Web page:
How do we ensure that our work for ‘good’ doesn’t end up doing harm?
Development that Works explores some of the current thinking about sound development practice, both a biblical perspective and from the point of view of TEAR’s partners and those with whom they work.
This four-part Small Group Guide designed to enable your group to reflect on the subjects of poverty and inequality and how as Christians we can respond through best practice development approaches that work.
Watch: "Development that Works" by Kuki Rockhum from TEAR's partner EFICOR in India.
This video is part of TEAR's Development that Works resources, which explore some of the current thinking about sound development practice, both a biblical perspective and from the point of view of TEAR’s partners and those with whom they work.
Read: "A Checklist to Guide Healthy Partnerships and Projects for Integral Mission"
Developed from TEAR Australia’s 40+ years of experience with international Christian development work, this checklist is intended to help Australian Christian groups make good decisions and avoid causing harm to local communities in their efforts to help alleviate poverty and suffering.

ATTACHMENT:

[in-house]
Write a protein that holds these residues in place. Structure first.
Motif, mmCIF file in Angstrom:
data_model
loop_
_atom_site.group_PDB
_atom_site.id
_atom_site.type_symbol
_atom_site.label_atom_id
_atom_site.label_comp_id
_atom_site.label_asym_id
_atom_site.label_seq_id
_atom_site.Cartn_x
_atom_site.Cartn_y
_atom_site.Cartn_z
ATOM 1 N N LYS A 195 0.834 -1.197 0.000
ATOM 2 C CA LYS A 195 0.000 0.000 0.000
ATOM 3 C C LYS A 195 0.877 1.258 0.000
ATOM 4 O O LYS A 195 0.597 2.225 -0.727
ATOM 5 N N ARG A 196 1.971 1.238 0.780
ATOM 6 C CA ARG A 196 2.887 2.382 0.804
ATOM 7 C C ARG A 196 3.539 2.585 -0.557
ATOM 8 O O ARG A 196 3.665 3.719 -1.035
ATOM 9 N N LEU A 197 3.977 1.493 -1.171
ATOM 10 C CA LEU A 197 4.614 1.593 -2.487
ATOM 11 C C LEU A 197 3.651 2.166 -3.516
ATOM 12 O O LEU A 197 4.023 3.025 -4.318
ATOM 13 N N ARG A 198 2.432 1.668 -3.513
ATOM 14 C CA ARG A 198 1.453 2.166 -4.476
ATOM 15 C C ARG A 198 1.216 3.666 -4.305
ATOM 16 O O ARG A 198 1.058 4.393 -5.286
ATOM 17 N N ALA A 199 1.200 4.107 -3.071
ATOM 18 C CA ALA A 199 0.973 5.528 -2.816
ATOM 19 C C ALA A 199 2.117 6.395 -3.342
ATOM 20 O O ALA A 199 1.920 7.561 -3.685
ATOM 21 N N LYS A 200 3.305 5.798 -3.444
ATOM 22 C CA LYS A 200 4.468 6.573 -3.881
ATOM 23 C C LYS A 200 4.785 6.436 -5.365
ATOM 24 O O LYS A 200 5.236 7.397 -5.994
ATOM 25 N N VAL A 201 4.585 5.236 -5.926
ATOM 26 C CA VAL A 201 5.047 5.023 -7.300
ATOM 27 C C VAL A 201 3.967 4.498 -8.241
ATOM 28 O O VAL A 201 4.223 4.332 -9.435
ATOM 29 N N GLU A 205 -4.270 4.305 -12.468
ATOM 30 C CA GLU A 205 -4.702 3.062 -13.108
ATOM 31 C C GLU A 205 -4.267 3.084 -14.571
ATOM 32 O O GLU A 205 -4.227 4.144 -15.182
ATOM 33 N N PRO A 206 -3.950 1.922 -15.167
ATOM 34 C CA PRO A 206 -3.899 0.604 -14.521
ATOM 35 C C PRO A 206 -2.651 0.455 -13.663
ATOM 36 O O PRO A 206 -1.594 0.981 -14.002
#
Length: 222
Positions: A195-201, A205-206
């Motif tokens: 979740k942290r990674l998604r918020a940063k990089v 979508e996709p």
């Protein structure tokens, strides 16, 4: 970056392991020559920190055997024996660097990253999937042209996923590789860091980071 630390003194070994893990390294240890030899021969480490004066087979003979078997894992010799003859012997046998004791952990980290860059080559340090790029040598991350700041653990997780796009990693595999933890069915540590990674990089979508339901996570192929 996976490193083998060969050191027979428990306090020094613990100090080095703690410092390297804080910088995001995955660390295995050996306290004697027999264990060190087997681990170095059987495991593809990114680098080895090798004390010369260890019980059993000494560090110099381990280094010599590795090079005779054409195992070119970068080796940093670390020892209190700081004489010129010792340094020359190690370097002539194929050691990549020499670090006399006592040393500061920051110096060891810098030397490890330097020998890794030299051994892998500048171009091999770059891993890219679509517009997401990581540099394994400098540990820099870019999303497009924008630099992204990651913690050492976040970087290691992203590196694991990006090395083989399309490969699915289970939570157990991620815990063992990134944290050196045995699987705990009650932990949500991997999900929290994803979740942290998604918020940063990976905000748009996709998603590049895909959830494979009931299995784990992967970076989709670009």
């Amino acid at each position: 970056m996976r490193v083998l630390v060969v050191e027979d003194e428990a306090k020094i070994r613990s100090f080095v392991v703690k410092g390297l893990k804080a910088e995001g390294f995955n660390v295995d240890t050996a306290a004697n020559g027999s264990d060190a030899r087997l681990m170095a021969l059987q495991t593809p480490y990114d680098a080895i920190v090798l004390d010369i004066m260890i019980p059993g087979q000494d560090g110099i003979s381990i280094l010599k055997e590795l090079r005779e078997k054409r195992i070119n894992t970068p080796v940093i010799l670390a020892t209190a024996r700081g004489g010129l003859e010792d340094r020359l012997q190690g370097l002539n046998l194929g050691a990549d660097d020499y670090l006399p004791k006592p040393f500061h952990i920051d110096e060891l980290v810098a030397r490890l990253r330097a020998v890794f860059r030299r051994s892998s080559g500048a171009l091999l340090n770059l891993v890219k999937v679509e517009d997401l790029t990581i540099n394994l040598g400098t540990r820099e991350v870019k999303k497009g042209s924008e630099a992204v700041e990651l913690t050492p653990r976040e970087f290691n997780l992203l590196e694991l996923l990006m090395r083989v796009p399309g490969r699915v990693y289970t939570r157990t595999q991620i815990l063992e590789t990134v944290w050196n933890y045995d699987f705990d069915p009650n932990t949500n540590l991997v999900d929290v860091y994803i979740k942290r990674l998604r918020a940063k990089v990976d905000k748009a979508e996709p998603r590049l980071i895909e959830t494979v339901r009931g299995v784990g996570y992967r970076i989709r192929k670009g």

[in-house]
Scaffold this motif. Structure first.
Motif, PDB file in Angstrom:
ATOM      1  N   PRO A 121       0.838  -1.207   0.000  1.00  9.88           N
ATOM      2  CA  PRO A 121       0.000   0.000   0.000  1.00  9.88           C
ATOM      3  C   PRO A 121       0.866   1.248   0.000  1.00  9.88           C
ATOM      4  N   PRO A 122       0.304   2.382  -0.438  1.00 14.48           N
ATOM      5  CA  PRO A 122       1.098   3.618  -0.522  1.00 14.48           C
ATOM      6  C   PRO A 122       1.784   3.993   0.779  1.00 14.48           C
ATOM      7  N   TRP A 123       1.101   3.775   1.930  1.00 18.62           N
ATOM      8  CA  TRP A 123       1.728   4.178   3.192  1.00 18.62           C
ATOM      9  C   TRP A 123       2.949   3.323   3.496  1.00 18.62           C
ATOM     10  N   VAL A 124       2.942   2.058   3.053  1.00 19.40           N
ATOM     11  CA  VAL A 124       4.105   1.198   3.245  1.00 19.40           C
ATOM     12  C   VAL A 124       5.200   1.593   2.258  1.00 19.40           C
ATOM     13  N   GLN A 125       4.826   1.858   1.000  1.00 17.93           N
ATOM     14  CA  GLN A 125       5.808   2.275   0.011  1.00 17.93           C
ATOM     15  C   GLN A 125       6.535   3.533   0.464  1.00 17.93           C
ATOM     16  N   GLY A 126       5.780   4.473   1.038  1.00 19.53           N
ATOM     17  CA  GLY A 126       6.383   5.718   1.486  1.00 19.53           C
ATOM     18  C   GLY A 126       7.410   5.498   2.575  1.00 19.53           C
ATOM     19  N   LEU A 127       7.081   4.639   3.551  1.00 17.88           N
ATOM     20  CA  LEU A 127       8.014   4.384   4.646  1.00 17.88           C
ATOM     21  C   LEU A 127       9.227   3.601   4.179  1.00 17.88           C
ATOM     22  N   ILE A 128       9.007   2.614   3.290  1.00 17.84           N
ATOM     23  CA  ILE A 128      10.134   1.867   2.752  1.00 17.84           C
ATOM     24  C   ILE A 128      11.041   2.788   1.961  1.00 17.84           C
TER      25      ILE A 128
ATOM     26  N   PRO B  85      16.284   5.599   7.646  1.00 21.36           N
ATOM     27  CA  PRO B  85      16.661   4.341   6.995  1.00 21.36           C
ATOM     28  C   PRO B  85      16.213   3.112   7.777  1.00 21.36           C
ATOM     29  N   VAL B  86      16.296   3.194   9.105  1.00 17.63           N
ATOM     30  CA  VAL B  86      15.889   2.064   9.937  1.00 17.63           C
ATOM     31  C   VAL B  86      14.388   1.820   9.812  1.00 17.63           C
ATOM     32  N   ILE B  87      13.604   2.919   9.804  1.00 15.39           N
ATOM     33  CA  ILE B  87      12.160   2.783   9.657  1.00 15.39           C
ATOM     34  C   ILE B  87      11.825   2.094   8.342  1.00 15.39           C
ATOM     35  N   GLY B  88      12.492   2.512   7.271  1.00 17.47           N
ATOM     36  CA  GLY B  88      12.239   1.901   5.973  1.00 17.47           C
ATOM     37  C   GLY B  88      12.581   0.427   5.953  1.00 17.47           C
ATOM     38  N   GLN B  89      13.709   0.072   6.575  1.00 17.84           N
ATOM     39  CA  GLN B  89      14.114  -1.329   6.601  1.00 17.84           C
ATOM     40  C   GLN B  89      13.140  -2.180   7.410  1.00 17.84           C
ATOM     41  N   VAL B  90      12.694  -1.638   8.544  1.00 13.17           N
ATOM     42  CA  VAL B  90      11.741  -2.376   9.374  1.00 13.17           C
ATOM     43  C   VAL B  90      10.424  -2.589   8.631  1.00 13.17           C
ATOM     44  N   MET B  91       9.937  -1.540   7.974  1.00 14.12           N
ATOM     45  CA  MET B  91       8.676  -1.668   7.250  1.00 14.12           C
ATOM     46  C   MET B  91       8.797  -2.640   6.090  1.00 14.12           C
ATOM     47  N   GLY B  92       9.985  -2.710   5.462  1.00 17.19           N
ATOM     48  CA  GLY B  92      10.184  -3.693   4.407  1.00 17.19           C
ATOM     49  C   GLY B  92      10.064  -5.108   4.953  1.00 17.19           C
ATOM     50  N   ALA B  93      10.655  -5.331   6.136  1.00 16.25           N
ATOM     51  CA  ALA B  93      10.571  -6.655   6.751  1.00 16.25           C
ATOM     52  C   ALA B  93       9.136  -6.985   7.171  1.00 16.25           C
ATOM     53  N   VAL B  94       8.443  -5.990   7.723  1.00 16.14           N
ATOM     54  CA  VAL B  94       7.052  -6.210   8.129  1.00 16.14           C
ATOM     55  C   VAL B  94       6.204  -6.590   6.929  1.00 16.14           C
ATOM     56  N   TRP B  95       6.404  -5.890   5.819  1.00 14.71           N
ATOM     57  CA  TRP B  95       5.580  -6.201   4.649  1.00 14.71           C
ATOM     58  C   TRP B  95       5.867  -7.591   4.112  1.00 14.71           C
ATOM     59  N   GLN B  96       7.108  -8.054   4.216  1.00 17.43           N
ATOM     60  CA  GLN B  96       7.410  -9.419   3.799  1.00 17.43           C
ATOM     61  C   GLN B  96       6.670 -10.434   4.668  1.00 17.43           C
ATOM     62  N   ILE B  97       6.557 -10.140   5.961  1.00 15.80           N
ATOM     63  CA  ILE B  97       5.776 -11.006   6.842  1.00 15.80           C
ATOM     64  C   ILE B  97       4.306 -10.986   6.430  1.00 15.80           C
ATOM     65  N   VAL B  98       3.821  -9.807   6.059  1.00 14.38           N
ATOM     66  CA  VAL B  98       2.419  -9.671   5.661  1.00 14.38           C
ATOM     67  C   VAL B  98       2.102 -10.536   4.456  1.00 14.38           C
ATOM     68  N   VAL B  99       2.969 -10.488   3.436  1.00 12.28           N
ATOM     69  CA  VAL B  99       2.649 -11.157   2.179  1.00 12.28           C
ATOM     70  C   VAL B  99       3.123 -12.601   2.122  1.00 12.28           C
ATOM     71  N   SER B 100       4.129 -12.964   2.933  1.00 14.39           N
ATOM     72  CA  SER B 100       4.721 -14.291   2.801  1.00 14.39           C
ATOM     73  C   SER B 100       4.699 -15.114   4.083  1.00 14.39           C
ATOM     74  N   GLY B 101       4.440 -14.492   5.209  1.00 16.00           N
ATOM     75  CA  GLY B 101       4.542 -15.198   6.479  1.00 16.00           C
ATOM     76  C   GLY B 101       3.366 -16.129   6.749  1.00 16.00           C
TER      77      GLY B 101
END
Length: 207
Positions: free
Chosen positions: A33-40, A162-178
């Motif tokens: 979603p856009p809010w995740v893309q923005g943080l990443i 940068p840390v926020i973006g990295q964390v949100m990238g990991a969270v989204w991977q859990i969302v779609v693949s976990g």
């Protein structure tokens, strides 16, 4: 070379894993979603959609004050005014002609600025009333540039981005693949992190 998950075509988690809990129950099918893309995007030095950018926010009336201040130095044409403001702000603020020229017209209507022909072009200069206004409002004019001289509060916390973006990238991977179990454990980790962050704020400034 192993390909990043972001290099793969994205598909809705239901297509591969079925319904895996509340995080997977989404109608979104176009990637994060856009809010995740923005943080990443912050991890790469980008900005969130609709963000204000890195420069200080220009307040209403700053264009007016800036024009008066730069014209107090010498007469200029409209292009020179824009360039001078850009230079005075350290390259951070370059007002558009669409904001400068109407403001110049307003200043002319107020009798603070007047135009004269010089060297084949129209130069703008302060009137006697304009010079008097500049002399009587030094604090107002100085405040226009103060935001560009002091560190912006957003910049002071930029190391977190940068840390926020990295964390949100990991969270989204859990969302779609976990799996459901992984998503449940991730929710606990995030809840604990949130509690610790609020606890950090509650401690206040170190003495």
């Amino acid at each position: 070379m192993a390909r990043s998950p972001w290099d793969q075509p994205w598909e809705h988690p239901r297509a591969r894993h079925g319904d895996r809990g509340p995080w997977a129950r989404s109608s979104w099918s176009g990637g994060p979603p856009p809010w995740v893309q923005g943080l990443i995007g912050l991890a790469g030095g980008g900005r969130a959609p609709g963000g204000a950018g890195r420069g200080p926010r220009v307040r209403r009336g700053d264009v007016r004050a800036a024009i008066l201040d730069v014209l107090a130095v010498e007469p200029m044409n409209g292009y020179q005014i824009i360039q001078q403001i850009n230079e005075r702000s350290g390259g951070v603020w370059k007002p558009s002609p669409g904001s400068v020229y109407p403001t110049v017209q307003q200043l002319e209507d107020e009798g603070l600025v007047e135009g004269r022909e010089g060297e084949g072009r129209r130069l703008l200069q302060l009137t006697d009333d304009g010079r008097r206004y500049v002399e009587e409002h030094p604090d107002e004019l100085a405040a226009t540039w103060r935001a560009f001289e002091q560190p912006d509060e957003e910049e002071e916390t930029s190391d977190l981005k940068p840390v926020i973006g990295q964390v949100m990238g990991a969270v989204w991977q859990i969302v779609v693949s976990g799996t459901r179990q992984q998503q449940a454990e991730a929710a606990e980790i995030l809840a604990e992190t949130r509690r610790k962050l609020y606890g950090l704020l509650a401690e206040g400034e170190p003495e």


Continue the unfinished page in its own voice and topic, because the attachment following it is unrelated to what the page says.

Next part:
Read: "Guidelines for Relief and Development Assistance"
When selecting projects run by our partners, we look for grassroots development initiatives where community members, particularly the poorest and most marginalised, have determined project priorities and participate at every level of project implementation.
When we think we have international development practice all worked out, along comes another twist. Development work is complex... and so it should be. It involves people and the kaleidoscope of realities they face each day.
These stories explore this complex dynamic:
TEAR's Phil Lindsay and Greg Hewson travelled to Nepal to see first hand the work of our partner Share and Care.